Stage 6: Taal – Chame 15 mi, 4500′ of Elevation Gain
DEATH MARCH! My GPS fell off at the start because I didn’t put it on all the way and I had to turn around and go back for it. I had to come from the back of the field which was frustrating and went harder than I wanted to get my position back. We had a really tough, steep, fast hike to start. I pushed as hard as I could. My heel was hurting and it was wet to start. I was having trouble turning over my easy gears, but I was bound and determined to ride as much as I could. I knew there’d be tons of walking already, so I tried to pedal. Once again, I was riding further back in the pack than I had been and was being asked again if I was alright. It was both flattering and demoralizing. There was a ton of mud and it was really bumpy. There were a lot of donkeys to dodge. Today was the longest 15 miles I’ve ever done!
It just seemed to go on and on forever. The hikes all required carrying the bike on your back and were narrow and very steep.
Here is a little video I made of my stage 6 interviews.
Chandra made it look like childs play. The man balances the bike on his head (and passed me laughing saying, “this is tough”) I love it!
The hiking was all stepping up rocks on steep inclines with cliffs on one side. It was tough, but really beautiful.
Carena caught me at the top of the hike a bike and we rode together catching Gareth and Jens. It was the first time we rode together all week – I enjoyed it. With about 2 miles to go, I rode away. The roads are now cobbles. We got a lot of fantastic views of the mountains today. They are really sharp and jagged. The ride today crushed my soul! I was so glad to make it to Chame. My head/sinus cold is getting much worse. I cough constantly and my head is a mucus farm.
Jeff started feeling run down today at the finish. He was laying in bed so I took his bike and my bike down to the river to wash them. Paul(Matey Mate) saw me struggling trying to carry 2 bikes down more stairs, so he came and helped me wash the bikes. I was really thankful for the company and for the help. I laid in bed after that feeling like I had no energy as well.
I noticed that I felt worse after laying down, so I went for a walk by myself in Chame. It was really beautiful and I could really feel the mountains in me.
I was so glad I went for a walk and had time to walk slowly and enjoy it on a slower paced level.
It’s crazy to think that you have to go forward to finish, you can’t get “picked up.” We are very isolated. If you need to go back, it’s a couple days journey of hiking to get to any road. I’ve mentally been having to break down the days left into bite size portions in order to mentally process it. I wish I could give up and stop trying to be “fast.” I wish I could go slow and look around more, but I can’t do that. The teahouse is a little nicer, but the bathroom is the worst so far – the worst rancid urine smells. I have to wear something over my face or I’ll almost throw up in there. My back and knee didn’t hurt today – that’s a step in the right direction. If this heel blister and sinus cold would go away, I’d be back in fighting condition! Santosh and the Nepali guys all make this weird noise at me, like “Eh-heh!” It’s funny, but really weird.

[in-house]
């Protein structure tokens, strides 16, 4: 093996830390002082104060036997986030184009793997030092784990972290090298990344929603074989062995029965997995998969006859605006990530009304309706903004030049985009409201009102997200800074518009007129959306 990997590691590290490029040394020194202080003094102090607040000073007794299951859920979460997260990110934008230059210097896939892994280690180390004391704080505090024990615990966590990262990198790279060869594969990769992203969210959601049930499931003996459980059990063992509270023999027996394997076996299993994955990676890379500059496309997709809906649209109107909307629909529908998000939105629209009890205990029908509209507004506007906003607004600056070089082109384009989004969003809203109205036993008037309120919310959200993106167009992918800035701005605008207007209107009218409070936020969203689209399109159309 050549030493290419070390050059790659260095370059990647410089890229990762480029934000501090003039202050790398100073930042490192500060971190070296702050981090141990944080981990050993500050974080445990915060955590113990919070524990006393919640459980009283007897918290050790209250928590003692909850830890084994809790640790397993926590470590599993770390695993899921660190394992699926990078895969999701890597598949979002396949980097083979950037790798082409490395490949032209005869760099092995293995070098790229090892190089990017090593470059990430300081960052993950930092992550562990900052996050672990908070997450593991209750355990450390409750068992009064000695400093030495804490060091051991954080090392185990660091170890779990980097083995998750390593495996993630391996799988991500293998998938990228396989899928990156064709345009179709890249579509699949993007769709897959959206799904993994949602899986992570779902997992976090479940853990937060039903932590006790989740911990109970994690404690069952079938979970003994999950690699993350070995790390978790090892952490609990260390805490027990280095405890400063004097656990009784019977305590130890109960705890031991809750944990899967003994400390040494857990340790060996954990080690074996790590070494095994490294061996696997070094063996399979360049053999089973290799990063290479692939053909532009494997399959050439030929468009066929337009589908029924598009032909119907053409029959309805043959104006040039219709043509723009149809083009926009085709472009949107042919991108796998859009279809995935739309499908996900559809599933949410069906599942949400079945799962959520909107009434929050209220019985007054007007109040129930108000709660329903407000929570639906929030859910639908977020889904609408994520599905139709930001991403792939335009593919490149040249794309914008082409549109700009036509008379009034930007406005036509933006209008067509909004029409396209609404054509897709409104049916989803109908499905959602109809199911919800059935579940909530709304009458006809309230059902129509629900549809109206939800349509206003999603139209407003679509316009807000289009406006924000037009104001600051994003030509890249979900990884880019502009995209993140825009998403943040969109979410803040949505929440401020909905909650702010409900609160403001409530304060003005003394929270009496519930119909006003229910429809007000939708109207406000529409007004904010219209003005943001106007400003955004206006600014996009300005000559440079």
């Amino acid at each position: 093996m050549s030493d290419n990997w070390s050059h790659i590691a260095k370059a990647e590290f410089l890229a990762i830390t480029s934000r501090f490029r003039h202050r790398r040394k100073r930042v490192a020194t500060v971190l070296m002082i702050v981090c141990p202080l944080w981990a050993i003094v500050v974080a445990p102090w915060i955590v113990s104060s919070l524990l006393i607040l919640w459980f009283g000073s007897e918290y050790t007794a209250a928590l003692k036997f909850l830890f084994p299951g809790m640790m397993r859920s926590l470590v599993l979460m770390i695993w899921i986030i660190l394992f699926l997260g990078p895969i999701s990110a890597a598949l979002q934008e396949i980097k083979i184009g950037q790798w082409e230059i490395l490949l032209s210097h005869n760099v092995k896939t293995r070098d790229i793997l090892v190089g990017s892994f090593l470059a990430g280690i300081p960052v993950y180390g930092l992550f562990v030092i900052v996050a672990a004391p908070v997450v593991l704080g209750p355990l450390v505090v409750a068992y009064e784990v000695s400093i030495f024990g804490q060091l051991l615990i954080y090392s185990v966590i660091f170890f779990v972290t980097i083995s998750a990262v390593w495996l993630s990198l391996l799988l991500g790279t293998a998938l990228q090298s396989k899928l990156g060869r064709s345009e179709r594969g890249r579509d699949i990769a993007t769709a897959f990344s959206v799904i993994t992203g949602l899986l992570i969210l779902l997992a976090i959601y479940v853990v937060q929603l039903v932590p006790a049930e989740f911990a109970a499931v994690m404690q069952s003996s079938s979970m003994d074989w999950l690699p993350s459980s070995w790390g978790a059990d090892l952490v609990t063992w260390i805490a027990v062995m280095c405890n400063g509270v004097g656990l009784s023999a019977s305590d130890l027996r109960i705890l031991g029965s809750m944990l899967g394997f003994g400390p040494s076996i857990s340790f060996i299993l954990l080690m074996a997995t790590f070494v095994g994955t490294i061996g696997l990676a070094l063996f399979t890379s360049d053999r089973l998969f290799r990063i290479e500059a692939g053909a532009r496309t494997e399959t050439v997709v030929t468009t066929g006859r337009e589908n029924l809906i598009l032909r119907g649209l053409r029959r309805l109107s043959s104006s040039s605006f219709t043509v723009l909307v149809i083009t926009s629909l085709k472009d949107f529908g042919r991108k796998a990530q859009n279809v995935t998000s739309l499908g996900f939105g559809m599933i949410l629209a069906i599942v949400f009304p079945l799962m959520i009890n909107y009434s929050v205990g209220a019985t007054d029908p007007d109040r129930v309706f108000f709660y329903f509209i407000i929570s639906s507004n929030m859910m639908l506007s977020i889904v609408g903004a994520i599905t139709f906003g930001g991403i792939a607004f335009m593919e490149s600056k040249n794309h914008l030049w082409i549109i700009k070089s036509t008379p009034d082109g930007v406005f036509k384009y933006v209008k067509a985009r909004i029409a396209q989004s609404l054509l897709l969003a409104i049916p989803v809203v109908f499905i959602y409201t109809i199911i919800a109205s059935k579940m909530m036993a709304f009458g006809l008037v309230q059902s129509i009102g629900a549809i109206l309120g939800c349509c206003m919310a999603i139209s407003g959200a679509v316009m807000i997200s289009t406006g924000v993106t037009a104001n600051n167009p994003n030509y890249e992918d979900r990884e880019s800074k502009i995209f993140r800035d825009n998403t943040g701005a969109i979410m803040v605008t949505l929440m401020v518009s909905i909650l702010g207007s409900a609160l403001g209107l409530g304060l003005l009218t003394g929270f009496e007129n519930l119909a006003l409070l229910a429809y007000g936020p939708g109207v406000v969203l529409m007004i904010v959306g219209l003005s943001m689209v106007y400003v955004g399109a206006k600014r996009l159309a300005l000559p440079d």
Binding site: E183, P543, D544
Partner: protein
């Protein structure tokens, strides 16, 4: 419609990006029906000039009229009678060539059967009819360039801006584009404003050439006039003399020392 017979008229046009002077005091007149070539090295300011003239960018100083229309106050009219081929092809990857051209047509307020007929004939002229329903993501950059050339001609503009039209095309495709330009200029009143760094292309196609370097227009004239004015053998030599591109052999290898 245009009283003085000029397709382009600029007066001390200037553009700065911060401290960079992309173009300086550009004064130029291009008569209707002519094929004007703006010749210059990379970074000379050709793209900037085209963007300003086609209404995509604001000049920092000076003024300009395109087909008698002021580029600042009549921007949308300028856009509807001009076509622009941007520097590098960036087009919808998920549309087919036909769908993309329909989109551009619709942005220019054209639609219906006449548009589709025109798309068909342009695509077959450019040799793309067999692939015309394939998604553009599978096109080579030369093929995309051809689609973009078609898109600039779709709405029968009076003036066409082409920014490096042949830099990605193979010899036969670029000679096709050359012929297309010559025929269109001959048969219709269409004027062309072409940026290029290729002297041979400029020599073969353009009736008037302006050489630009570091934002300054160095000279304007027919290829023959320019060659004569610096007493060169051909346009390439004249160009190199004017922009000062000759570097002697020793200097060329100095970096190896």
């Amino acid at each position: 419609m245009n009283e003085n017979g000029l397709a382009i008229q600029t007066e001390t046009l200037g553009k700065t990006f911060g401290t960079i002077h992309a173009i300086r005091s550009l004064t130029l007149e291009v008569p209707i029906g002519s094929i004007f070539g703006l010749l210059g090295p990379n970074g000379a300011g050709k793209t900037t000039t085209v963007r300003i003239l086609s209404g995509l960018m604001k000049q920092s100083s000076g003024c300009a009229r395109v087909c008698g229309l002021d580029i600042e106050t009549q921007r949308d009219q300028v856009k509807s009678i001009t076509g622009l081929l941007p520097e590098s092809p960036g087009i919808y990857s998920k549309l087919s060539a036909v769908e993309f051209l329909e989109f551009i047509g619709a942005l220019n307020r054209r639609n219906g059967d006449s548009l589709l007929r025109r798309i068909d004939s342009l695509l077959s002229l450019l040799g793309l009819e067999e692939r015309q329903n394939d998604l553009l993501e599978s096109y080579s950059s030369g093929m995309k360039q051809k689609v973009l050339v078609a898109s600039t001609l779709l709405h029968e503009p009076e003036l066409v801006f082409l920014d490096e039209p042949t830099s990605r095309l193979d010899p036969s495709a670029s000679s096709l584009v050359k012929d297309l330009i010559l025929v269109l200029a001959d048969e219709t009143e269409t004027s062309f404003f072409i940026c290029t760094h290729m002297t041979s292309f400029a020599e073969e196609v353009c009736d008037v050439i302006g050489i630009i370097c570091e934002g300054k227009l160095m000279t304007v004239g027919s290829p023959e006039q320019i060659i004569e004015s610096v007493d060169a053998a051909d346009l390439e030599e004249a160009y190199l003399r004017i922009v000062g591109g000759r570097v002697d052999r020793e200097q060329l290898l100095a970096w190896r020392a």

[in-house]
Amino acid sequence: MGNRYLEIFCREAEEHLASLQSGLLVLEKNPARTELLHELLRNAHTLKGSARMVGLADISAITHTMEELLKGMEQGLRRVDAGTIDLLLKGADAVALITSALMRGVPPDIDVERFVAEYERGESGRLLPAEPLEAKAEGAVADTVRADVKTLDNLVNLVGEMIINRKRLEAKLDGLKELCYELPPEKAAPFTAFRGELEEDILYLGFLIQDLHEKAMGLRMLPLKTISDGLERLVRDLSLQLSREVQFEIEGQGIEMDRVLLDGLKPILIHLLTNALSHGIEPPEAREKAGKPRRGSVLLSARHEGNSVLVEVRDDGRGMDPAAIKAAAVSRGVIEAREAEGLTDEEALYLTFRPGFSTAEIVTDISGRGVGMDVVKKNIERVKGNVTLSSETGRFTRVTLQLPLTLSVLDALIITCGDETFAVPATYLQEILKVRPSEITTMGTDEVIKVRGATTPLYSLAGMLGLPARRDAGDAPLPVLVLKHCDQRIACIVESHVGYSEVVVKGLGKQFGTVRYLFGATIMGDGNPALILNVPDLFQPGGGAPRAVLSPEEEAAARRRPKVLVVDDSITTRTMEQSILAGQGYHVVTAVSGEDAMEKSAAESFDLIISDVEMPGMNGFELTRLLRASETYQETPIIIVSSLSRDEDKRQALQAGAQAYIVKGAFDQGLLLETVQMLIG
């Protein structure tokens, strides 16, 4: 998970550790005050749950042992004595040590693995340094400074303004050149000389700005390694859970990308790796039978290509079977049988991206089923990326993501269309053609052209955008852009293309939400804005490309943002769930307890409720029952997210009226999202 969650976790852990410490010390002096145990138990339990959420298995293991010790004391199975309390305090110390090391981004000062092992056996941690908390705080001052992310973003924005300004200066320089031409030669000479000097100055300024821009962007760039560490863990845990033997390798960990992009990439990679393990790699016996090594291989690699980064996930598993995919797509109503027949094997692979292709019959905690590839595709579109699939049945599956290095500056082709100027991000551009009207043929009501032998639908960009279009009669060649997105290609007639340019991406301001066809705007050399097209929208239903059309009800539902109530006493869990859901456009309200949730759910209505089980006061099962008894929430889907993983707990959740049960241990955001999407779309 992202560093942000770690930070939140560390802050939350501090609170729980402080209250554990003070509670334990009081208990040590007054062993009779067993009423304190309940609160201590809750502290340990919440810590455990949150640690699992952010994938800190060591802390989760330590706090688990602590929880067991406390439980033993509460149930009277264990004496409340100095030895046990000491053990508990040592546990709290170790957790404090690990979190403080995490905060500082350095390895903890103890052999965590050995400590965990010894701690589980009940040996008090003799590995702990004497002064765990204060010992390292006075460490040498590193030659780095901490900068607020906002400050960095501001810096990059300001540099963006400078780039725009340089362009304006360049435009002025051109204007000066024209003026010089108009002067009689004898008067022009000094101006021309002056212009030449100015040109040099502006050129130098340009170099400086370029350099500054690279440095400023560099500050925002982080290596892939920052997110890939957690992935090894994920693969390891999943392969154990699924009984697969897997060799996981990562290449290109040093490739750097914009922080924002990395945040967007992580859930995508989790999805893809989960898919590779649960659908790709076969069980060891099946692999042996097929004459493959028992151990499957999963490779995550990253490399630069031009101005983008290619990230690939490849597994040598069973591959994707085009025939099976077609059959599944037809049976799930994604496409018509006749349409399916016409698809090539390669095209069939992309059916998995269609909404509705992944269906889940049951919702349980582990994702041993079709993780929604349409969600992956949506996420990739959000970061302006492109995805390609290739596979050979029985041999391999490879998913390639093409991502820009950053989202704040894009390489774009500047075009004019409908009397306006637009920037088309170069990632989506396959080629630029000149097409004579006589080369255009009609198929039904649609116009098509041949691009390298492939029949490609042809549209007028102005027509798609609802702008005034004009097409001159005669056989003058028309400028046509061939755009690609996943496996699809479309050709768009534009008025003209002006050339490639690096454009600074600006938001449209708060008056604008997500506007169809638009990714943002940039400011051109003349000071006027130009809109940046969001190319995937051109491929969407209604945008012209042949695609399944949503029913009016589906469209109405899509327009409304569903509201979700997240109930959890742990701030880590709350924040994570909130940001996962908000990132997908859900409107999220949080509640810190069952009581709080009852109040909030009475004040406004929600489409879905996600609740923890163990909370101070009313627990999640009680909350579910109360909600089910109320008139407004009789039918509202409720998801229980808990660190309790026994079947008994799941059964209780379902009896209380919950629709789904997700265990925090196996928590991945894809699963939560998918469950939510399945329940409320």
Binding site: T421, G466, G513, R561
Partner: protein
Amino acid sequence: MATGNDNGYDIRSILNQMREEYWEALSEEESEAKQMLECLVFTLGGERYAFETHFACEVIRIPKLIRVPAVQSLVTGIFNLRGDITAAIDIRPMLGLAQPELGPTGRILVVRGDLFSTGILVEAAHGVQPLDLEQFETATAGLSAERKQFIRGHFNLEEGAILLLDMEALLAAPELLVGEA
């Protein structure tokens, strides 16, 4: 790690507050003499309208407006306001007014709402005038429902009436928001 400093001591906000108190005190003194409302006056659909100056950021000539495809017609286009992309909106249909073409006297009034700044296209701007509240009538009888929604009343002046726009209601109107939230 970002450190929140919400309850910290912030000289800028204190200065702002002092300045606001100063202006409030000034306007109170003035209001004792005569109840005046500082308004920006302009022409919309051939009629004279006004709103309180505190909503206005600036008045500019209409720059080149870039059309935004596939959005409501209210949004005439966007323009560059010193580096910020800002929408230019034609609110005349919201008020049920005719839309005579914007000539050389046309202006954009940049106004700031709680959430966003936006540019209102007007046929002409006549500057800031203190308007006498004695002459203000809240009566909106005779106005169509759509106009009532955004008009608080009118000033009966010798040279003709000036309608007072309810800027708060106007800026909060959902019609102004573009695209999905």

Tomorrow is a mostly rideable day to Manang which will be good on the blister and then we have a rest day there. It sits at almost 12,000′. I can’t wait for that! I’m so excited for the rest day. My clothes will be so dirty tomorrow. My leg warmers are covered in mud and I can’t wash them because they won’t dry! The teahouses are not insulated at all. It’s 50F inside and the sun hasn’t gone down!
Little things that would be nice creature comforts to have:
- a way to dry clothes so I didn’t have to wear a dirty chamois for 3 days in a row. Battery powered hair dryer or something? I bet that’d still take forever. Dry, clean clothes would be lovely
- more down clothes/more warm clothes. I’d have these if I wasn’t limited in weight. I’m wearing most of my warm clothes all the time and I wish I had maybe one more jacket
- My CTR shoes for the hiking days would have been priceless. It definitely slows me down in my carbon soled race shoes. They don’t grip rock so well
- more socks!!!! Dry, clean socks.
- more kits. Clean shorts and jerseys (again, couldn’t because we are weight limited)
Invaluable item: hand sanitizer
I should have trained a little different. All my hike-a-bike training was for Thorong La with my harness. That’s only a small portion of the race. In hindsight, I wish I would have done steep hikes and carried my bike on my back. I was glad I climbed the stairmaster at the gym carrying weights once or twice a week- that helped. Other than that, I did what I could to prepare and I wouldn’t change all the climbing up the frigid winter roads. I did so well in my training, and yet I feel that I am completely falling apart in this race. I don’t understand. Maybe I went too hard at the lower elevations? Maybe it’s because I’m sick? I normally get stronger in stage races, but not this one. I’m definitely in survival mode now. 4 more stages to go.
Tomorrow, we head to Manang.
Yak Attack Stage 6 Gallery